Probability with random-coefficient quadratic equation

Let A, B, and C be independent random variables, and consider the random-coefficient quadratic equation $\displaystyle Ax^2 + Bx + C = 0 $

What is the probability that the equation has real roots $\displaystyle x$ when A, B, and C take on the value 1 with probability $\displaystyle p \in [0,1], $ and -1 with probability $\displaystyle 1 - p $?

What is the probability that the equation has real roots $\displaystyle x$ when A, B, and C a have a $\displaystyle \cup(0,1)$ distribution?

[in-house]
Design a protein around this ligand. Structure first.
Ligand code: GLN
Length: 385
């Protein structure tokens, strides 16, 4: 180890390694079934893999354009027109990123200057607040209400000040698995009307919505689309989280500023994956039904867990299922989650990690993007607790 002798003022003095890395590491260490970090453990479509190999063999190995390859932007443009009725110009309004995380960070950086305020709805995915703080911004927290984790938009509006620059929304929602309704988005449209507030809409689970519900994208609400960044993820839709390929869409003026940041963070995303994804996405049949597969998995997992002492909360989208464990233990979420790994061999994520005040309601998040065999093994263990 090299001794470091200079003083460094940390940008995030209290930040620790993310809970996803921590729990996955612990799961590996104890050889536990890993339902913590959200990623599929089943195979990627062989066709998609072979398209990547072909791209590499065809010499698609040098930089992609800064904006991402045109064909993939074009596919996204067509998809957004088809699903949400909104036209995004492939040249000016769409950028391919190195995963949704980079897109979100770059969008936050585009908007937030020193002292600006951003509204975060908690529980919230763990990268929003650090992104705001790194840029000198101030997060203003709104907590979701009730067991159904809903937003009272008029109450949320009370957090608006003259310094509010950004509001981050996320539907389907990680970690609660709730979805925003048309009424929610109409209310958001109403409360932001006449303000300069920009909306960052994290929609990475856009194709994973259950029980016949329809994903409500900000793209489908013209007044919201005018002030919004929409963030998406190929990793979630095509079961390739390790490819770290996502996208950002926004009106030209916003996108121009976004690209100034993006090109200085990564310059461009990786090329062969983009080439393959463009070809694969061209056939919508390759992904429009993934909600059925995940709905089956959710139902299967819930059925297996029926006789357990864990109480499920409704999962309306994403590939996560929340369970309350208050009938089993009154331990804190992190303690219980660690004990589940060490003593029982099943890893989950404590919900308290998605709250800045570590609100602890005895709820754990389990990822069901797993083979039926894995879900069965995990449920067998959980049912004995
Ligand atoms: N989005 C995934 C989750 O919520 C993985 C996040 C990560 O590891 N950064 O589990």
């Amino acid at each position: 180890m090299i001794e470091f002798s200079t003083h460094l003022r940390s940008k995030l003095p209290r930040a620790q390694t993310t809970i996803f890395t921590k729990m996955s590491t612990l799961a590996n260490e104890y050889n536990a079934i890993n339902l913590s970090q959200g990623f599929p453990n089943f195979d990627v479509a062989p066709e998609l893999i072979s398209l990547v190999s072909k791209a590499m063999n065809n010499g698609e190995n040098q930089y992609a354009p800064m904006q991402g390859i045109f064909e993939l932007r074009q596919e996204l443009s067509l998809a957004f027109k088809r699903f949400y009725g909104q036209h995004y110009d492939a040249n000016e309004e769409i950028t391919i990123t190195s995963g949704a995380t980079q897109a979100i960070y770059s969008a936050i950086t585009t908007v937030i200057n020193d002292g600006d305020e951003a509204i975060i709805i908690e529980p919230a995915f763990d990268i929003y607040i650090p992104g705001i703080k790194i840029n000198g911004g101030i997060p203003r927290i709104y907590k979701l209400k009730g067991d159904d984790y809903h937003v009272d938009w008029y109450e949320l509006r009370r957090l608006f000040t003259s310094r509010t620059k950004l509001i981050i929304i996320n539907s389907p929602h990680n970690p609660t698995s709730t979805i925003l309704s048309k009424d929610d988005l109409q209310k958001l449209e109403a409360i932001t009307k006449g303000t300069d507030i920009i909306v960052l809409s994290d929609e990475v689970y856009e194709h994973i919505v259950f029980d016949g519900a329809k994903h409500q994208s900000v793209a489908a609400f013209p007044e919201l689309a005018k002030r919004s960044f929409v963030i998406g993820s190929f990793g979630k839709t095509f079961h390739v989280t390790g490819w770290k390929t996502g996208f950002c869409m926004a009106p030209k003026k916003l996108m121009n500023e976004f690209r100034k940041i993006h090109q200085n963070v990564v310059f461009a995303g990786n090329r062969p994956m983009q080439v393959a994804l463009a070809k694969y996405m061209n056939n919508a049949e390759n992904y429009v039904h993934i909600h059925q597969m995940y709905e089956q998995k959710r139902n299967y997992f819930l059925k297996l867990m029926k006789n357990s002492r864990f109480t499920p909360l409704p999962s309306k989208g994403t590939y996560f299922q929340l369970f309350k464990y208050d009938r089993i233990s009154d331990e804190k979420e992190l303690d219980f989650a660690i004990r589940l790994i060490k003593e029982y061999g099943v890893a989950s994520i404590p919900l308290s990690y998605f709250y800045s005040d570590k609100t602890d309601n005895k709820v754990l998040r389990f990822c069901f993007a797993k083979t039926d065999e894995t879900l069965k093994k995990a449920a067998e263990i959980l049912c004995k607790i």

Embarrassed to ask but...

Quote:

Originally Posted by

**awkward** .

where the region of integration in all the triple integrals is the region where $\displaystyle 0 \leq A \leq 1$, $\displaystyle 0 \leq B \leq 1$, $\displaystyle 0 \leq C \leq 1$, and $\displaystyle B^2 - 4AC \geq 0$.

I am confused with the $\displaystyle B^2 - 4AC \geq 0$ part that you wrote.

I must be doing the wrong thing. If there A, B, and C are all the same, and given the pdf of a uniform distribution is

$\displaystyle f(x) = \frac{1}{b-a} $ for $\displaystyle a< x <b $ where 1 = 0 and a = 0, won't I just get a probability of one when integrating?? Where do I apply $\displaystyle B^2 - 4AC \geq 0$?